Bipartisan Letter Supporting Aid for National Laboratories in Next Coronavirus Relief Package
Congressmen Ben Ray Luján (D-NM) and Chuck Fleischmann (R-TN) have circulated a bipartisan letter supporting investments in scientific infrastructure at the Department of Energy’s (DOE’s) National Laboratories in the next COVID-19 recovery package. The letter is addressed to House Speaker Nancy Pelosi (D-CA) and Republican Leader Kevin McCarthy (R-CA) and asks the House leaders to consider investing in the nation’s scientific infrastructure when crafting the next coronavirus relief package. Specifically, the letter calls for modernization efforts, including investments in maintenance, repairs, and shovel-ready construction programs that will enable the National Laboratories to continue their advanced scientific research that has allowed America to remain economically competitive and secure.
The letter calls attention to $27 billion worth of shovel-ready infrastructure modernization projects at National Laboratory’s that when completed, will better allow the DOE Labs to fulfill their missions. Specific projects include:
- Acceleration of ongoing Line-Item Construction Projects, including user facility upgrades
- Major Items of Equipment, including instrument recapitalization
- General Plant Projects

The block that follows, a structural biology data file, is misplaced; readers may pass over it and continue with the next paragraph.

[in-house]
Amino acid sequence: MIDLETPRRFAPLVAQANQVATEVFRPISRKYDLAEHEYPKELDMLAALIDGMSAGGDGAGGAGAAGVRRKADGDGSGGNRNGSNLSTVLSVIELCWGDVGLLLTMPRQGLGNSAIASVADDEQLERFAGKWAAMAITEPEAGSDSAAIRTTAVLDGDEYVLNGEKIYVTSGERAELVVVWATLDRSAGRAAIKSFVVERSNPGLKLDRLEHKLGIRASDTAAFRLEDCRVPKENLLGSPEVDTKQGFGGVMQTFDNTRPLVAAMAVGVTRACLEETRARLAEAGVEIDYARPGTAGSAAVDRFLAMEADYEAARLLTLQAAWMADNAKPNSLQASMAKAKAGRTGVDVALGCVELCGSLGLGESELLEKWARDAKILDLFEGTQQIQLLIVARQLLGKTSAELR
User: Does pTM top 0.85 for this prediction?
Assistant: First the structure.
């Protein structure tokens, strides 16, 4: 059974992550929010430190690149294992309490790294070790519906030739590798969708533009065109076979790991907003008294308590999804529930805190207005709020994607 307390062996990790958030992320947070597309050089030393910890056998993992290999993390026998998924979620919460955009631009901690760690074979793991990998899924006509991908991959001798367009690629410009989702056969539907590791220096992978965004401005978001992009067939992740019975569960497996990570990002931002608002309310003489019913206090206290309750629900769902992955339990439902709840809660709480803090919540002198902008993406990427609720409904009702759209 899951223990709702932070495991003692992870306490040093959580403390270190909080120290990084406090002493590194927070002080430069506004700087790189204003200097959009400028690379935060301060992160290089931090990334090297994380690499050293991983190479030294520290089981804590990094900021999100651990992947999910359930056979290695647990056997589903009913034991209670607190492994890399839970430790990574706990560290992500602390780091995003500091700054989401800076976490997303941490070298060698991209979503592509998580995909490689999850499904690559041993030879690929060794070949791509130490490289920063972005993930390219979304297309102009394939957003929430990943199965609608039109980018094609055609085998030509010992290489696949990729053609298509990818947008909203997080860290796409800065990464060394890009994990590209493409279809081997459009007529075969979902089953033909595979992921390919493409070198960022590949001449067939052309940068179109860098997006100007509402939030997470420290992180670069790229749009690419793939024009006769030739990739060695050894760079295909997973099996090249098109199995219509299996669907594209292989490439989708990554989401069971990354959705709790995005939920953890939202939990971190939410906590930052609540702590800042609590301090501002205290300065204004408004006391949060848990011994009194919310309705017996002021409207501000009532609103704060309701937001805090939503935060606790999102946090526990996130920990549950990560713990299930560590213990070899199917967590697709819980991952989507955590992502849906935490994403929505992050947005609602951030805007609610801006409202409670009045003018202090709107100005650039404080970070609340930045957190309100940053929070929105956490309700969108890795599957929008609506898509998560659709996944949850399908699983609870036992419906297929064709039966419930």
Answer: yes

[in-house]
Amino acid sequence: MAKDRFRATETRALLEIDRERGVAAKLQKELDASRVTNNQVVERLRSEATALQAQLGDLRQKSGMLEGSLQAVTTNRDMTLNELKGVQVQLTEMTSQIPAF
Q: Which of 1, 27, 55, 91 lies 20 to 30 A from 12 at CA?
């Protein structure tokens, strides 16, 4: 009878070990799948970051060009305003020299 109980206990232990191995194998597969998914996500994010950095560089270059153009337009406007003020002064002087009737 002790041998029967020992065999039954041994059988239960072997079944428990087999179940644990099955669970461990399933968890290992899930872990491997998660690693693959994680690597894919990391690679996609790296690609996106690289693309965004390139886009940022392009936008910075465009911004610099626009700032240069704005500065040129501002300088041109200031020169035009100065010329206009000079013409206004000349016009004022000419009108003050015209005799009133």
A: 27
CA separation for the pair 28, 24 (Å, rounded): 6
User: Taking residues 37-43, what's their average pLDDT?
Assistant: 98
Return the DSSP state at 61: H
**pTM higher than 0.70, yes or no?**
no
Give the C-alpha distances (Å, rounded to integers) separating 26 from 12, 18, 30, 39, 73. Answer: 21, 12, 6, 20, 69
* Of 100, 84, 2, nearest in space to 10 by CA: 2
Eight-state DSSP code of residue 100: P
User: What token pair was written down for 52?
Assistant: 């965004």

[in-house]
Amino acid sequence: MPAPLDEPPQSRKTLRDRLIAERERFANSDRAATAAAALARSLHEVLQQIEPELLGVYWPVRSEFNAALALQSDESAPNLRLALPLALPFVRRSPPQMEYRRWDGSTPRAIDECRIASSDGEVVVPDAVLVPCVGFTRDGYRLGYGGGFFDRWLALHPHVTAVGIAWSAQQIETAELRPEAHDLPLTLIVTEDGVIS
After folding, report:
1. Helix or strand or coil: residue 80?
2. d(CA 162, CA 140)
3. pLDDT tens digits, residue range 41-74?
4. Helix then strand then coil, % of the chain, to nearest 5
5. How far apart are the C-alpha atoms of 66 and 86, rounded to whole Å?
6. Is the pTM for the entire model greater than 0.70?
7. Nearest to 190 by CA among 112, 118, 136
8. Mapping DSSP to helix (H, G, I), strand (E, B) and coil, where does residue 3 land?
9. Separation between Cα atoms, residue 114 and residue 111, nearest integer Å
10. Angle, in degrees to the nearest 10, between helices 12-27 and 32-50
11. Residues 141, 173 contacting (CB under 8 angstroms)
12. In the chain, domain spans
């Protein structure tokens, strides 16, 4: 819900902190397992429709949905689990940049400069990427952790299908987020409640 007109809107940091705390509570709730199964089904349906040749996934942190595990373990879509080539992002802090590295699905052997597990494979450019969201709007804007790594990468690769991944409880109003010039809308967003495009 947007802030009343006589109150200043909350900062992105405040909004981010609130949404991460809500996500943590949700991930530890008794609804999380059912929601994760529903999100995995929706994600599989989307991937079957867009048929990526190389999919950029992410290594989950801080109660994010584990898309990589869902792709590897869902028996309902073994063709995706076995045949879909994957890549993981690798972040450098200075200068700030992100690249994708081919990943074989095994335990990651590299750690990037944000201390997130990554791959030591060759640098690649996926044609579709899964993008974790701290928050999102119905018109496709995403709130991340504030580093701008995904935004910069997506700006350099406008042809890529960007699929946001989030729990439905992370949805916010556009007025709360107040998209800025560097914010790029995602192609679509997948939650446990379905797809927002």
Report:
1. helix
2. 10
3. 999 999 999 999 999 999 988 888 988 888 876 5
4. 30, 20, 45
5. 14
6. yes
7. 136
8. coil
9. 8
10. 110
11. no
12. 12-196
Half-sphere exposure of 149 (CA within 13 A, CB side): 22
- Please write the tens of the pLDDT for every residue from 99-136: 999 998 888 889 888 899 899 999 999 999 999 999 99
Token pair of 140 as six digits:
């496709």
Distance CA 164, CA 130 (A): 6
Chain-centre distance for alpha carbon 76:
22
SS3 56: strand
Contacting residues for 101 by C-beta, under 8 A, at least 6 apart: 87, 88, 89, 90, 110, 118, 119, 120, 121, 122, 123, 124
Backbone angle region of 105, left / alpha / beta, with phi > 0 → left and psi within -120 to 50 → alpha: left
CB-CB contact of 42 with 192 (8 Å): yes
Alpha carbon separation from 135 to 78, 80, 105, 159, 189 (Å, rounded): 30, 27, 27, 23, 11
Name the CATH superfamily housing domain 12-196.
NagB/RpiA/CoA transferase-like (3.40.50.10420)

- Operating and Major Maintenance
- Facility Decommissioning, Demolition and Cleanup
The Members of Congress supporting this intuitive believe that address scientific infrastructure concerns through focused investment during the coronavirus pandemic would immediately support thousands of high-quality, well-paying jobs that are urgently needed. In addition to creating jobs, the investment would support ongoing COVID-19 researching taking place across the 17 DOE National Laboratories.
The letter calls attention to the work the DOE Labs are doing to fight the coronavirus pandemic, stating that “During the COVID-19 crisis, our National Labs have provided their expertise and facilities to help overcome the COVID-19 challenge, including the use of DOE’s supercomputers to search for treatments and vaccine therapies, X-ray light sources to understand the virus and identify potential vulnerabilities, and advanced manufacturing expertise to address the shortage of personal protective equipment (PPE) and ventilators.”